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HarryGateaux

Toasted clay on unglazed side of rim

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Hey

I struggled to find an answer elsewhere so this is my first post! When I glaze the inside of a pot only sometimes the just outer rim goes a toasted/warmer colour than the rest of the outside. What's the reason/science behind that? and is there a way to cause it to happen to the whole outside? 

Thanks a lot! 

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Sounds like the glaze is breaking over the rim?  Meaning that it is very thin there because gravity pulls the glaze down Away from the rim when it's fired.  You can add texture to the piece or apply the glaze very thinly to achieve that look 

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2 hours ago, HarryGateaux said:

the just outer rim goes a toasted/warmer colour than the rest of the outside. What's the reason/science behind that? and is there a way to cause it to happen to the whole outside? 

Most probably the 'toasted' effect is due to solubles migrating from the glaze slurry areas into the nearby regions of unglazed clay body.   
  
I have had reasonable success with spraying raw clay areas with solutions of baking soda, sodium borate (a.k.a. borax), and /or trisodium phosphate (TSP).  The solutions are clear and without suspended solids.  I aim for a concentration of about three quarters of the saturation level of the solubles.    The effect is to marginally change the fired surface with oxides that marginally changes the optical properties of the surfaces.  each "soluble" ingredient will have a similar but different effect.  The phosphates tend to be more reddish than the others on some clay bodies.  

Heavy treatment leads to an unattractive glassy surface.  The effects are different for stoneware and porcelain as well as the amount of grog surface particles - rough vs smooth vs burnished surfaces.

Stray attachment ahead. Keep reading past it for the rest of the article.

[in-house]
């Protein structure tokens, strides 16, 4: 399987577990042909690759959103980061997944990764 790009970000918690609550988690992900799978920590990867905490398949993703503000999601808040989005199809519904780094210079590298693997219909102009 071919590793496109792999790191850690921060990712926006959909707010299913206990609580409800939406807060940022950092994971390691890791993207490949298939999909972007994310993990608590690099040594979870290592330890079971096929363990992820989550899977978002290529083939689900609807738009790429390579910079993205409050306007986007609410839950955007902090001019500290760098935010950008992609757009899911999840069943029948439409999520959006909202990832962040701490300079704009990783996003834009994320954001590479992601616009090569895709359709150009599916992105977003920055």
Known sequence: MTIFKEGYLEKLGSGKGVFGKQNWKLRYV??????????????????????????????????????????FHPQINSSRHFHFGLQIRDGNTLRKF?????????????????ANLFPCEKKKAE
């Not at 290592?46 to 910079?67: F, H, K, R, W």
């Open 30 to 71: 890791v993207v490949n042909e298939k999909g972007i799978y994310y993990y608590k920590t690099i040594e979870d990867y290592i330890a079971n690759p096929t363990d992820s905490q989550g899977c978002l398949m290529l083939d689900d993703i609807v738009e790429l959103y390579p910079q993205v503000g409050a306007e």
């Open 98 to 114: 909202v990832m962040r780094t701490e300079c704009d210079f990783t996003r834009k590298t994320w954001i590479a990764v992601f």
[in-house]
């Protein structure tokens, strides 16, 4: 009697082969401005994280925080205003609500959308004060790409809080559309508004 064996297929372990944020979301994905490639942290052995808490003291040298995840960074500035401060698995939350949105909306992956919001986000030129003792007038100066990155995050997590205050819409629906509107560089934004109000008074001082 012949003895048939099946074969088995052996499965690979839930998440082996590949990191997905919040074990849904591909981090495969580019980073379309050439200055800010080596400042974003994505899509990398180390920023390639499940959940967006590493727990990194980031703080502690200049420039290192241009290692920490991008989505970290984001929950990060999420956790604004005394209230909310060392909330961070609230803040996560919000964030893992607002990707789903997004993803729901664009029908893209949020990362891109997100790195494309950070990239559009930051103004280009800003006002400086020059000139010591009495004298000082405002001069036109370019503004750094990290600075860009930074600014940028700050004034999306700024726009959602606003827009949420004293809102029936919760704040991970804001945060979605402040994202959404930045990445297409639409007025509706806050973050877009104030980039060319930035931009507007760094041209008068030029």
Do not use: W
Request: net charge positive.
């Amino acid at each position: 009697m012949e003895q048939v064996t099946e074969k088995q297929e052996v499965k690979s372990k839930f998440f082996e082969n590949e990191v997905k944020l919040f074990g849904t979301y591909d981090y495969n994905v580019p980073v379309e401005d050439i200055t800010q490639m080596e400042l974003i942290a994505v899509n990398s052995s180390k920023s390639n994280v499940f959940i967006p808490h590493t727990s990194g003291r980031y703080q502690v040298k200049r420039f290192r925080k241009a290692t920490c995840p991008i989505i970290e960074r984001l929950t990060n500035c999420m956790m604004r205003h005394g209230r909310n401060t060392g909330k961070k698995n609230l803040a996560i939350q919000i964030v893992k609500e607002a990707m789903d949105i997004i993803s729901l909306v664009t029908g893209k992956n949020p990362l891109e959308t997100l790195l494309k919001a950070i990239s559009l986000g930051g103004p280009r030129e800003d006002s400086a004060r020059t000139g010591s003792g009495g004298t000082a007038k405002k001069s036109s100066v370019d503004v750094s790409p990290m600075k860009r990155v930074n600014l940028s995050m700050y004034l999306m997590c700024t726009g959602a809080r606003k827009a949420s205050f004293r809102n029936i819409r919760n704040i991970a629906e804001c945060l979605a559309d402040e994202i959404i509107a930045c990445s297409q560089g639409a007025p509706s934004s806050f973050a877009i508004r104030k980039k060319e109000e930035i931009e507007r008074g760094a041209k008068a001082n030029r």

My technique is to spray a fine mist, allow the area to loose its shine and spray again as apposed to having a strong deluge stream. Application is an art sort of akin to salting soup, adding cream to coffee, or chocolate syrup on ice cream. There will be a period of trial and ERROR as you create a personal application technique. 

As to the science, the soluble reagents will 'tweak' the surface composition to produce a very thin layer that is different from the untreated regions.  The reagents I use readily react with the clay body ingredients to produce very thin transparent glass layer. The optical properties are a function of both composition and layer thickness; surface particle orientation may also contribute to the visual effect. 

LT
 

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As Neil and Magnolia said, I believe it is either volatile or soluble fluxes. Some glazes do this more than others but especially those with higher amounts of Neph Sy, Lithium Carbonate, basically any on the alkaline fluxes/feldspars high in sodium, potassium, and lithium.

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